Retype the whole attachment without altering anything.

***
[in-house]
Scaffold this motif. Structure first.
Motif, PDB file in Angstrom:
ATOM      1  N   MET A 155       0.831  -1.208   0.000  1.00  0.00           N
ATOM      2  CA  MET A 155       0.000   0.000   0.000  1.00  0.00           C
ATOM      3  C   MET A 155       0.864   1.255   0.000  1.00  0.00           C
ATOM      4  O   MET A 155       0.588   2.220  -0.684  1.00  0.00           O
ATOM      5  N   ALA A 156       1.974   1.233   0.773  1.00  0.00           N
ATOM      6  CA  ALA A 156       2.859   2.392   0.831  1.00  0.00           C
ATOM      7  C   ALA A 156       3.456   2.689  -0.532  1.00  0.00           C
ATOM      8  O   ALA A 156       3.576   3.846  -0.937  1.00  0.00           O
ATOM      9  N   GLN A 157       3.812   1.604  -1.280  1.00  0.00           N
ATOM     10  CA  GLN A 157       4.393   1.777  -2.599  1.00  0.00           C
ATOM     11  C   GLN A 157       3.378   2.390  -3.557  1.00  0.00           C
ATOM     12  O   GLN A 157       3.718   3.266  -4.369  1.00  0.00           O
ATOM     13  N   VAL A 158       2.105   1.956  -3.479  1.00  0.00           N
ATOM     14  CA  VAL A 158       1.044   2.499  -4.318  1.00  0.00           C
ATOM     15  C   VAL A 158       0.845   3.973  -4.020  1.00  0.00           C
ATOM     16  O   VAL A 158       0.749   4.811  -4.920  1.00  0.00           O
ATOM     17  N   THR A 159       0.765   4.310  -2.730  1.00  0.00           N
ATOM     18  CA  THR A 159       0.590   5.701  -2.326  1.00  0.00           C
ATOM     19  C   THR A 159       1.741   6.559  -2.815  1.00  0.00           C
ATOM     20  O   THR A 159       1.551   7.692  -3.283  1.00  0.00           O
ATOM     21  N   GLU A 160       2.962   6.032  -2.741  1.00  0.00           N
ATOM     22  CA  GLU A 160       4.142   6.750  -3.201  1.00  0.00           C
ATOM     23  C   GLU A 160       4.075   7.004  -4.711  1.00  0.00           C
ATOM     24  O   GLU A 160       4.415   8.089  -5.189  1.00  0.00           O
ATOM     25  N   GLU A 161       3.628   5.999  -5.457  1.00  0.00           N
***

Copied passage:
[in-house]
Scaffold this motif. Structure first.
Motif, PDB file in Angstrom:
ATOM      1  N   MET A 155       0.831  -1.208   0.000  1.00  0.00           N
ATOM      2  CA  MET A 155       0.000   0.000   0.000  1.00  0.00           C
ATOM      3  C   MET A 155       0.864   1.255   0.000  1.00  0.00           C
ATOM      4  O   MET A 155       0.588   2.220  -0.684  1.00  0.00           O
ATOM      5  N   ALA A 156       1.974   1.233   0.773  1.00  0.00           N
ATOM      6  CA  ALA A 156       2.859   2.392   0.831  1.00  0.00           C
ATOM      7  C   ALA A 156       3.456   2.689  -0.532  1.00  0.00           C
ATOM      8  O   ALA A 156       3.576   3.846  -0.937  1.00  0.00           O
ATOM      9  N   GLN A 157       3.812   1.604  -1.280  1.00  0.00           N
ATOM     10  CA  GLN A 157       4.393   1.777  -2.599  1.00  0.00           C
ATOM     11  C   GLN A 157       3.378   2.390  -3.557  1.00  0.00           C
ATOM     12  O   GLN A 157       3.718   3.266  -4.369  1.00  0.00           O
ATOM     13  N   VAL A 158       2.105   1.956  -3.479  1.00  0.00           N
ATOM     14  CA  VAL A 158       1.044   2.499  -4.318  1.00  0.00           C
ATOM     15  C   VAL A 158       0.845   3.973  -4.020  1.00  0.00           C
ATOM     16  O   VAL A 158       0.749   4.811  -4.920  1.00  0.00           O
ATOM     17  N   THR A 159       0.765   4.310  -2.730  1.00  0.00           N
ATOM     18  CA  THR A 159       0.590   5.701  -2.326  1.00  0.00           C
ATOM     19  C   THR A 159       1.741   6.559  -2.815  1.00  0.00           C
ATOM     20  O   THR A 159       1.551   7.692  -3.283  1.00  0.00           O
ATOM     21  N   GLU A 160       2.962   6.032  -2.741  1.00  0.00           N
ATOM     22  CA  GLU A 160       4.142   6.750  -3.201  1.00  0.00           C
ATOM     23  C   GLU A 160       4.075   7.004  -4.711  1.00  0.00           C
ATOM     24  O   GLU A 160       4.415   8.089  -5.189  1.00  0.00           O
ATOM     25  N   GLU A 161       3.628   5.999  -5.457  1.00  0.00           N